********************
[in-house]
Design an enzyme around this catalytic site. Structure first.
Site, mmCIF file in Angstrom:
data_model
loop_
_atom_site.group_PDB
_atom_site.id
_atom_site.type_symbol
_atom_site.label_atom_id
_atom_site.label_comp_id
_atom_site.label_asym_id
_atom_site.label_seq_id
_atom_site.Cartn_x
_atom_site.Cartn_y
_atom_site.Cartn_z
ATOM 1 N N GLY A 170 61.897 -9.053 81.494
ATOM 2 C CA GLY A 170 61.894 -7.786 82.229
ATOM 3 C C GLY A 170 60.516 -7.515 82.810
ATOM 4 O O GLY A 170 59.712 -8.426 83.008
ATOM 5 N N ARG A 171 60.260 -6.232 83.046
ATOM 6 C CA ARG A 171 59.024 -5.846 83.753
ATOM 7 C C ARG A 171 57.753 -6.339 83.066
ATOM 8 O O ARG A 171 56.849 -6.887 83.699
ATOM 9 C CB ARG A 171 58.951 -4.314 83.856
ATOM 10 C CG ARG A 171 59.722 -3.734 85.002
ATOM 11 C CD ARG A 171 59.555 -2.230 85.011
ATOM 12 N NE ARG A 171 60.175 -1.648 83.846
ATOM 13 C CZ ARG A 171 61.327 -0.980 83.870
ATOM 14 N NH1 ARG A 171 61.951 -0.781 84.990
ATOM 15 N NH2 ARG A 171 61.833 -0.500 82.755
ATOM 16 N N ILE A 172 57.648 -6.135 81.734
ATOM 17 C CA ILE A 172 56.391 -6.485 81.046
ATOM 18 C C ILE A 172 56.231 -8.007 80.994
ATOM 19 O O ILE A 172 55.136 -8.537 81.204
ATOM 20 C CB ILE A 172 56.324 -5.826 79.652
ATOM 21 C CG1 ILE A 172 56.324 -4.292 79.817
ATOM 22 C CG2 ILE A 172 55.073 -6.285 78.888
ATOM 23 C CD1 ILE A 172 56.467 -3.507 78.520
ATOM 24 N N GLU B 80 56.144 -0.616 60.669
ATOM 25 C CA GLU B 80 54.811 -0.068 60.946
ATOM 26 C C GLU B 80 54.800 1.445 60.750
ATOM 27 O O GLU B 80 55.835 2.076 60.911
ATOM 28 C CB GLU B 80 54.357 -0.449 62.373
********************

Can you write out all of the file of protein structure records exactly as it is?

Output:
[in-house]
Design an enzyme around this catalytic site. Structure first.
Site, mmCIF file in Angstrom:
data_model
loop_
_atom_site.group_PDB
_atom_site.id
_atom_site.type_symbol
_atom_site.label_atom_id
_atom_site.label_comp_id
_atom_site.label_asym_id
_atom_site.label_seq_id
_atom_site.Cartn_x
_atom_site.Cartn_y
_atom_site.Cartn_z
ATOM 1 N N GLY A 170 61.897 -9.053 81.494
ATOM 2 C CA GLY A 170 61.894 -7.786 82.229
ATOM 3 C C GLY A 170 60.516 -7.515 82.810
ATOM 4 O O GLY A 170 59.712 -8.426 83.008
ATOM 5 N N ARG A 171 60.260 -6.232 83.046
ATOM 6 C CA ARG A 171 59.024 -5.846 83.753
ATOM 7 C C ARG A 171 57.753 -6.339 83.066
ATOM 8 O O ARG A 171 56.849 -6.887 83.699
ATOM 9 C CB ARG A 171 58.951 -4.314 83.856
ATOM 10 C CG ARG A 171 59.722 -3.734 85.002
ATOM 11 C CD ARG A 171 59.555 -2.230 85.011
ATOM 12 N NE ARG A 171 60.175 -1.648 83.846
ATOM 13 C CZ ARG A 171 61.327 -0.980 83.870
ATOM 14 N NH1 ARG A 171 61.951 -0.781 84.990
ATOM 15 N NH2 ARG A 171 61.833 -0.500 82.755
ATOM 16 N N ILE A 172 57.648 -6.135 81.734
ATOM 17 C CA ILE A 172 56.391 -6.485 81.046
ATOM 18 C C ILE A 172 56.231 -8.007 80.994
ATOM 19 O O ILE A 172 55.136 -8.537 81.204
ATOM 20 C CB ILE A 172 56.324 -5.826 79.652
ATOM 21 C CG1 ILE A 172 56.324 -4.292 79.817
ATOM 22 C CG2 ILE A 172 55.073 -6.285 78.888
ATOM 23 C CD1 ILE A 172 56.467 -3.507 78.520
ATOM 24 N N GLU B 80 56.144 -0.616 60.669
ATOM 25 C CA GLU B 80 54.811 -0.068 60.946
ATOM 26 C C GLU B 80 54.800 1.445 60.750
ATOM 27 O O GLU B 80 55.835 2.076 60.911
ATOM 28 C CB GLU B 80 54.357 -0.449 62.373